I started the diet today and am hoping to see some positive results. If I see results I will be recommending this to my clients, particularly parents who are bringing in children with ADHD symptoms. I will keep you posted.

    • Dr. Davis says:

      Hi, Laura–

      Your collection of health struggles sounds like the classic “wheat syndrome.” I am therefore highly optimistic that you will experience a turnaround in most, if not all, of these effects.

      Please do keep us posted on your progress!

  4. Sylvia Thomas says:

    Hi Laura,
    If your husband is a grain farmer then I’m sure he’s well acquainted with Monsanto Corp. in some way or at the least has heard of them. Hybrid seeds, Terminator seeds, GMO, Drought tolerant. All unnatural and designed & bred in a lab. Someone on this blog mentioned Europe in their comment. I do believe they have bans in place on importing GMO seeds.
    Anyway a friend of mine has the book Wheat Belly, so I did some speed reading over Christmas while visiting at their home. Will be trying this for a year however I was already leaning towards the RAVE diet which is basically Vegan. So no meat, poultry, fish, dairy. And now no wheat. Pretty drastic. Will taper off on the meat for starters. Don’t want to put my system into shock right off the bat. I’m female and currently 53 years of age. Will do a before and after pic, as well as a follow up with my G.P. and then I’ll be able to provide before and after numbers/readings as well. I think back to how my stay at home mom used to cook when I was a kid and I’m thinking that’s the way to go. She never bought processed or ready to eat meals, though I don’t think they had as much of it back then as they do now. We were lucky to have a bucket of KFC maybe once or twice a month and that was a big deal for us. I’m also not a fast food outlet/drive thru fan so that’ll be a help to me. And I avoid Aspartame, Splenda and other fake sweeteners. Steevia is not bad. And no fluoridated water if I can help it.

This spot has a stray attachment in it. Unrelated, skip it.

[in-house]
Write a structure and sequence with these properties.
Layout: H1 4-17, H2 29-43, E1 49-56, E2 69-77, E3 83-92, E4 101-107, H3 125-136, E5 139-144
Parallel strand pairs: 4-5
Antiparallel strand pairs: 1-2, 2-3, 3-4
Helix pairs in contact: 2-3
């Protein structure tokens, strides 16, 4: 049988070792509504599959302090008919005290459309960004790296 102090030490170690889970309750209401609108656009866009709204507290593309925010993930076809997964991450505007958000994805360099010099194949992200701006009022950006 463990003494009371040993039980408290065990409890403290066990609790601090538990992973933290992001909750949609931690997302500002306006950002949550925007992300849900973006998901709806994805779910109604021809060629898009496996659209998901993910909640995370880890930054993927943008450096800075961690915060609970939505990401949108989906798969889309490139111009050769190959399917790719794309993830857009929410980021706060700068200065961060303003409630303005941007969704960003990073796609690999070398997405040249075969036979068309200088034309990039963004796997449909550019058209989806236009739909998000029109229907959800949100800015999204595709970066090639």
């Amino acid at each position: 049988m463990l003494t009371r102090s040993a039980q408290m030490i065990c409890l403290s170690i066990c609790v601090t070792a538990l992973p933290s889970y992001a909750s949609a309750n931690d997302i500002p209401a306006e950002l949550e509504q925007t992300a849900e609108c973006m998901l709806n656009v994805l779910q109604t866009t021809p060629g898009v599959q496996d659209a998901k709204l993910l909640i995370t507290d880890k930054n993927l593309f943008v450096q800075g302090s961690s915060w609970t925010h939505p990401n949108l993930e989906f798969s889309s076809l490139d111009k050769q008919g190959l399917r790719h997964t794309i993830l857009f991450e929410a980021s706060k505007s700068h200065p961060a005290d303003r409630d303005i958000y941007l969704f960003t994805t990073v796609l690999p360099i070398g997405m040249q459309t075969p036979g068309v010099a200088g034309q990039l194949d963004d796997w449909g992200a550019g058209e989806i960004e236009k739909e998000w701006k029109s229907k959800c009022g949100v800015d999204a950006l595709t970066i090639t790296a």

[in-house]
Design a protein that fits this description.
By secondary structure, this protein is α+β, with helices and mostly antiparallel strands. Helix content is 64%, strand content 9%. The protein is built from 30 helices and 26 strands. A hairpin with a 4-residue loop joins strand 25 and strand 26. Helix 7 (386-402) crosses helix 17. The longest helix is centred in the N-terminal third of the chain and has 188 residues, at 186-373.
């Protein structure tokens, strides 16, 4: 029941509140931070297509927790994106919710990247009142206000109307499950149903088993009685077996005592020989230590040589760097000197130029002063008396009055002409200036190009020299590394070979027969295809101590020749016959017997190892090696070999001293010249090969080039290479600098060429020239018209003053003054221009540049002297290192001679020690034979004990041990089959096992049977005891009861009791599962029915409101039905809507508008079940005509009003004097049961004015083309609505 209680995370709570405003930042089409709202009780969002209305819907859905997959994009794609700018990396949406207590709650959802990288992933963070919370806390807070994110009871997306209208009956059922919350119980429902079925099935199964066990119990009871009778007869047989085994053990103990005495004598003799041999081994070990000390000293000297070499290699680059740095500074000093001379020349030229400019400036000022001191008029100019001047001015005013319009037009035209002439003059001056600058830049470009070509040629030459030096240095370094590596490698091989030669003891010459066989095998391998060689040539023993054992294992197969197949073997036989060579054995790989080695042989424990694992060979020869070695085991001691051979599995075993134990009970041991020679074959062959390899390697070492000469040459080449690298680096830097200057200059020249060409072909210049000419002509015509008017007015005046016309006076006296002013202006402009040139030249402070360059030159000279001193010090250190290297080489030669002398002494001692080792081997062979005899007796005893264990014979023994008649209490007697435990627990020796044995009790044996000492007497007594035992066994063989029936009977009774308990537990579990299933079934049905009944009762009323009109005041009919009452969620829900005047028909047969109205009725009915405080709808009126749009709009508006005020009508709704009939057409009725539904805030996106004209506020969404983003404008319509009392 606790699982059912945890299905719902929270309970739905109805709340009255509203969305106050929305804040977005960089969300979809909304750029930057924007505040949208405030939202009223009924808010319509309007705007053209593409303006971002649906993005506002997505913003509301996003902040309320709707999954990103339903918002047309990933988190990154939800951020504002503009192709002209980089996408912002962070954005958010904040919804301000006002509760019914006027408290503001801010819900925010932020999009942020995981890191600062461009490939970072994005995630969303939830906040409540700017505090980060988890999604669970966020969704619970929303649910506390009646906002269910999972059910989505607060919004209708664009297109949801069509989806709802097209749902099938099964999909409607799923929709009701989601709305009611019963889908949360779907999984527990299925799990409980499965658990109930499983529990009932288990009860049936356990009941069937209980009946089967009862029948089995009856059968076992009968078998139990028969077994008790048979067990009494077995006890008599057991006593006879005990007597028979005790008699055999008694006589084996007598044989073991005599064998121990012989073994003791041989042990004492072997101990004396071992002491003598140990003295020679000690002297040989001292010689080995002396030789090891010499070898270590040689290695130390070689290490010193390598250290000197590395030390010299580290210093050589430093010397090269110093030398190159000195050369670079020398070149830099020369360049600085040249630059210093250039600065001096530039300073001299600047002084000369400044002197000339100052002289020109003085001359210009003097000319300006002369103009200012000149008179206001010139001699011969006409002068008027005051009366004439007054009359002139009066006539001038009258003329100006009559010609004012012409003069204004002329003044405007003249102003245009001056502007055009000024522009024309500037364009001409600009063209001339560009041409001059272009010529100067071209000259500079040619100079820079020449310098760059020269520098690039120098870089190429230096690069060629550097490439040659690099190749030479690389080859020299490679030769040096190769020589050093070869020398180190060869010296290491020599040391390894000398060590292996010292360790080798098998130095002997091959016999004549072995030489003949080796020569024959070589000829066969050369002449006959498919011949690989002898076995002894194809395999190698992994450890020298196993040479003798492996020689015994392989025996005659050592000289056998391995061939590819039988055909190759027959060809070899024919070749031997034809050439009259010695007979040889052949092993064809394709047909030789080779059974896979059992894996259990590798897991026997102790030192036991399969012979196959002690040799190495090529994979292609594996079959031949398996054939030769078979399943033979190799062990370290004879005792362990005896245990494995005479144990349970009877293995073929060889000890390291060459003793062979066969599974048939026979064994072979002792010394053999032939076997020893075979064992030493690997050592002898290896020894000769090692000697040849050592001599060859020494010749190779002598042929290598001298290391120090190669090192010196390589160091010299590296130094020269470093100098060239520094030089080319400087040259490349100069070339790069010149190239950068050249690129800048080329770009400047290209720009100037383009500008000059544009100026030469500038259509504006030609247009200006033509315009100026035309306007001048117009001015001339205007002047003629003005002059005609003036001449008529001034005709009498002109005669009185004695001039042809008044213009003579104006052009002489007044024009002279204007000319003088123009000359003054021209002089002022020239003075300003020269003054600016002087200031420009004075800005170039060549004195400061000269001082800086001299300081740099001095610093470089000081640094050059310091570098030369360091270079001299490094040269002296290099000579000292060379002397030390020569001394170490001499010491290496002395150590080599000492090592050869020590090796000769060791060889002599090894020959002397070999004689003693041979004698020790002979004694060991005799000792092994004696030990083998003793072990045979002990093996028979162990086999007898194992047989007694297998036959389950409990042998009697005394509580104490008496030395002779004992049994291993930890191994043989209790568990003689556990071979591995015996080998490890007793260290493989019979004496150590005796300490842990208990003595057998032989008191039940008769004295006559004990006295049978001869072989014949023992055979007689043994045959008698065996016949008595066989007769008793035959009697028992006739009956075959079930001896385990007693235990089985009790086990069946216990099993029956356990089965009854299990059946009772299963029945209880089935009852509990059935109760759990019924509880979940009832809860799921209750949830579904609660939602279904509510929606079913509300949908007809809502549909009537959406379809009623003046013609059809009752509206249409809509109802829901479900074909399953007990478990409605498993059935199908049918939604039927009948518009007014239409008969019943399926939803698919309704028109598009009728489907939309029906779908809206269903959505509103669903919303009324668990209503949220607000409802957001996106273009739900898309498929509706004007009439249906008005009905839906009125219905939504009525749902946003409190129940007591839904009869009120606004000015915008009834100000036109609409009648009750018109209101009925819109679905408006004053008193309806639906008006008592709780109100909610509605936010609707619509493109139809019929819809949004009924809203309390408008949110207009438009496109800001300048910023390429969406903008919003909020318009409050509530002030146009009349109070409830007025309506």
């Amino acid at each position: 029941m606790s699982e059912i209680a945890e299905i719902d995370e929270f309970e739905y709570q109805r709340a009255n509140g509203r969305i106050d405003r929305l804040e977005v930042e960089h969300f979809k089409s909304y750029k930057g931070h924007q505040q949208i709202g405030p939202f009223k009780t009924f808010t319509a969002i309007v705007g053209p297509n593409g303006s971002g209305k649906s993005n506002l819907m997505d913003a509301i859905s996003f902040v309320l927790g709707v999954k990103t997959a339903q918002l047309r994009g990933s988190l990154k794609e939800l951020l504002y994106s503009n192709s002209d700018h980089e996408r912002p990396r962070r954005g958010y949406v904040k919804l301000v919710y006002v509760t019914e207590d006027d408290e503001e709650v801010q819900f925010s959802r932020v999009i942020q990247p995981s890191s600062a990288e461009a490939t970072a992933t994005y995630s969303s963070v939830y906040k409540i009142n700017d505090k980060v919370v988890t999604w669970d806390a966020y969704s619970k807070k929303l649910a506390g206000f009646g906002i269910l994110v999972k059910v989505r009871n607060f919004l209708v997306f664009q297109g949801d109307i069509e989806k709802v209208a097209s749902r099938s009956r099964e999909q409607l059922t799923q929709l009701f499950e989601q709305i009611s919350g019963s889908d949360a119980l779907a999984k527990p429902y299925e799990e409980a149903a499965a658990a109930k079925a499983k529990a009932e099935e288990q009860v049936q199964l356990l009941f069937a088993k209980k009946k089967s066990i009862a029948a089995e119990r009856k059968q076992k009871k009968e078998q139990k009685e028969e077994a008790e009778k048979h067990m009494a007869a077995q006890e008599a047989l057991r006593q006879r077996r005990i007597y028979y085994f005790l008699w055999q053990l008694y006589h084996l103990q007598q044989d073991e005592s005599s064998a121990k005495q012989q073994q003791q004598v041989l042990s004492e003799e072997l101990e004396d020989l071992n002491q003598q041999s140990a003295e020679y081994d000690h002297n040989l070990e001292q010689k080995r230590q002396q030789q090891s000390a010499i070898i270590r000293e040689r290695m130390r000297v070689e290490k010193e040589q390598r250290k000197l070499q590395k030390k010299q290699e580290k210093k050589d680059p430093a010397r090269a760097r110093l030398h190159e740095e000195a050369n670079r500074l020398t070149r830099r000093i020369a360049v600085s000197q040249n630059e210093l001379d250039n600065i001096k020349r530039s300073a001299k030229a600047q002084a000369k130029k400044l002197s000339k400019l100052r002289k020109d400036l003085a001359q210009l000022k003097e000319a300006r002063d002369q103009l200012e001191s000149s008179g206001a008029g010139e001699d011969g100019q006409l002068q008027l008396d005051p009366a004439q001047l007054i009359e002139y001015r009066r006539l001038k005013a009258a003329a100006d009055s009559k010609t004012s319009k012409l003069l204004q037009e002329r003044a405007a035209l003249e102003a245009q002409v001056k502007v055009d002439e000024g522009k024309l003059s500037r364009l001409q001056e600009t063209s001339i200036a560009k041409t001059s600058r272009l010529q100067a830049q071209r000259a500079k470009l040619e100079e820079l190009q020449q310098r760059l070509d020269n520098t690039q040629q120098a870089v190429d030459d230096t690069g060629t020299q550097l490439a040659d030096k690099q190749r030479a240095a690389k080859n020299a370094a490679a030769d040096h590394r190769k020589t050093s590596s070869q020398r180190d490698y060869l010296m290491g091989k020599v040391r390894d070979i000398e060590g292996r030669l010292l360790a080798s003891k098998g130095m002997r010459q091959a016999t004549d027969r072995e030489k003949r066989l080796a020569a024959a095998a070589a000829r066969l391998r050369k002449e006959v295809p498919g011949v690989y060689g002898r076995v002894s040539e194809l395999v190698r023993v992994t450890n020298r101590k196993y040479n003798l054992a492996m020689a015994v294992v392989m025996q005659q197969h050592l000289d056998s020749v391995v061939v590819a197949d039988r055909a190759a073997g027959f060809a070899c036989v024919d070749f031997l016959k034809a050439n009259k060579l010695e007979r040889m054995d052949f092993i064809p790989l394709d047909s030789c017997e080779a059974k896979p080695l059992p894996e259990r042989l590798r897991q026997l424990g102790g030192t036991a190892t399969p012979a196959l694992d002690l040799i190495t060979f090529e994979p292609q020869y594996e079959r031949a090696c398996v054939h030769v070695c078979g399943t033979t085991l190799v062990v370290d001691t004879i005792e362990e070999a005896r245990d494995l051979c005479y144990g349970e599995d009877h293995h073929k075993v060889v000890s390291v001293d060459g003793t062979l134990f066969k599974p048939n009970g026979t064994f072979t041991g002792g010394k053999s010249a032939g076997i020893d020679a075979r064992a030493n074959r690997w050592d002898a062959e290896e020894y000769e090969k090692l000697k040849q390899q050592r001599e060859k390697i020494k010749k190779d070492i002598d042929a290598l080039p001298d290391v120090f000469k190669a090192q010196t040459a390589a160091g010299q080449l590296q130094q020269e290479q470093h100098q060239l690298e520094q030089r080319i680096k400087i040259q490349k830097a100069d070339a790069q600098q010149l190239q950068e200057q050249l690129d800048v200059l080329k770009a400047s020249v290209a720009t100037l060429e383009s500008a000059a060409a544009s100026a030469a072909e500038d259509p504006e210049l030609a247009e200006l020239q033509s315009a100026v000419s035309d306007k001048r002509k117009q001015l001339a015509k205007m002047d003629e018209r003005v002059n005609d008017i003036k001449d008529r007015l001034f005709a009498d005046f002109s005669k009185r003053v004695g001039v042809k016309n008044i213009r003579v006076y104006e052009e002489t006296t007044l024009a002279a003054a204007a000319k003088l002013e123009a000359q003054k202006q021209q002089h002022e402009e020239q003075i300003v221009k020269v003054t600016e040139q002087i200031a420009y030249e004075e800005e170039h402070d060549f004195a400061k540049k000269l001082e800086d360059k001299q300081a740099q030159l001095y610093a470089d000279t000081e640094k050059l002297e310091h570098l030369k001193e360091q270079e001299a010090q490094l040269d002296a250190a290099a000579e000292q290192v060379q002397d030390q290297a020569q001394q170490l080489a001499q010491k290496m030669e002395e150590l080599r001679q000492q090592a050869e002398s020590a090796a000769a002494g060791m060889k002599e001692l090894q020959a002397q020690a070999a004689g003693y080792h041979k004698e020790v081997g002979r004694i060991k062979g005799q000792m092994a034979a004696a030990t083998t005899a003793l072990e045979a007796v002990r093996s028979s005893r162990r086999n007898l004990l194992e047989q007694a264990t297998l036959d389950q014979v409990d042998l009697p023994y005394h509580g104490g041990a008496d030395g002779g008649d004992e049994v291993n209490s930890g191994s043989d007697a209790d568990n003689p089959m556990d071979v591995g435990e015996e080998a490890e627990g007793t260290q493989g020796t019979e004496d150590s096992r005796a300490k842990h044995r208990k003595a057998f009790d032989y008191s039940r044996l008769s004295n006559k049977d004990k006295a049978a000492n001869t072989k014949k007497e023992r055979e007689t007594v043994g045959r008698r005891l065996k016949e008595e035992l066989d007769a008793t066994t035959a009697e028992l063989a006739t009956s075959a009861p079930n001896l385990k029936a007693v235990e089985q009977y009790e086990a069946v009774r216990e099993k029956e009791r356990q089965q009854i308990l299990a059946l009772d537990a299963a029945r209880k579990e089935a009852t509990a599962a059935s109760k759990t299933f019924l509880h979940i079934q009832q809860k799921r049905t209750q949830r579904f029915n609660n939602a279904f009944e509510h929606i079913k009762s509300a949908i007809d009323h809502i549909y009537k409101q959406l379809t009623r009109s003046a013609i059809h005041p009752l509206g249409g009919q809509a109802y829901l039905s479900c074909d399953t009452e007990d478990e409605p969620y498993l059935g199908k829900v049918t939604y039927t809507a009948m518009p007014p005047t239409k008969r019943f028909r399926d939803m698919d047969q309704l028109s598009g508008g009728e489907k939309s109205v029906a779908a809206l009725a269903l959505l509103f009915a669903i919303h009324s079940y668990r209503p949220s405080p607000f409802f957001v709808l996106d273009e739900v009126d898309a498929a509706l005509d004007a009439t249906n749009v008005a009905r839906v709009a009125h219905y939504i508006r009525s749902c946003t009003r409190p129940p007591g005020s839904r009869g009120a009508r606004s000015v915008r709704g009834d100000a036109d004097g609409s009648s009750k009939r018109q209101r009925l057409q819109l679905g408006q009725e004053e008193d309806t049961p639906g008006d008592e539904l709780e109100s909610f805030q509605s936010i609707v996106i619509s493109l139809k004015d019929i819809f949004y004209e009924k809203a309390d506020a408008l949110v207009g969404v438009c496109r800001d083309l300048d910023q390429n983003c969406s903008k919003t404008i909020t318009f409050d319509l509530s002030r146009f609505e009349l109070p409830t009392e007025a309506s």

BTW I don’t farm however I have nothing but respect for the profession, and understand the struggles and long hours of work. I’m an administrator at a Massey dealership so I do hear alot of stories.
    Cheers and a Happy & Prosperous New Year’s to all !

  5. Susan says:

    I am planning to switch my whole family to wheat free right after the New Year. I have an inflammatory autoimmune condition which I think my 7 yr old son shows beginning signs of. Both my 7 and 6 yr old children struggle with allergies, and my 6 yr old has borderline A1c levels. Also, my hubby and I could both stand to lose some weight. In reading your book, we feel like eliminating wheat would likely benefit all of us.

    My question – I am struggling to find enough recipes that will specifically work for a family with young children (sometimes picky) tastes. I think I can figure out dinners, but relatively easy breakfasts before kids head out the door for school and what to pack for their school snacks and lunches have me stumped (or at least very limited on choices). For snacks, the school asks that we avoid nuts and send dry snacks. Lunch is a bit more flexible (can send nuts products then) although they need something they can eat quick because the lunch period is brief.

    Thanks I’m advance for any tips. Really excited to see how these changes affect my family.
    Susan

    • Dr. Davis says:

      Hi, Susan–

      Odd to find you way over here in “Featured articles”!

      Please scroll back on this blog or click on “Recipes” on the left for recipes. I’ve not targeted recipes towards children specifically, but many of the moms here have made comments about this. Your best source is Sarah Ragoso’s Everyday Paleo. She is a mom of young kids and provides kid-friendly, wheat-free recipes.

      • Susan says:

        Thank you. Yes, I was reading thru your blog and realized I posted my question in a strange spot. I actually had a hard time remembering where it was. :) I will check out Sarah’s page.

  6. Jeff Meador says:

    Dr. Davis,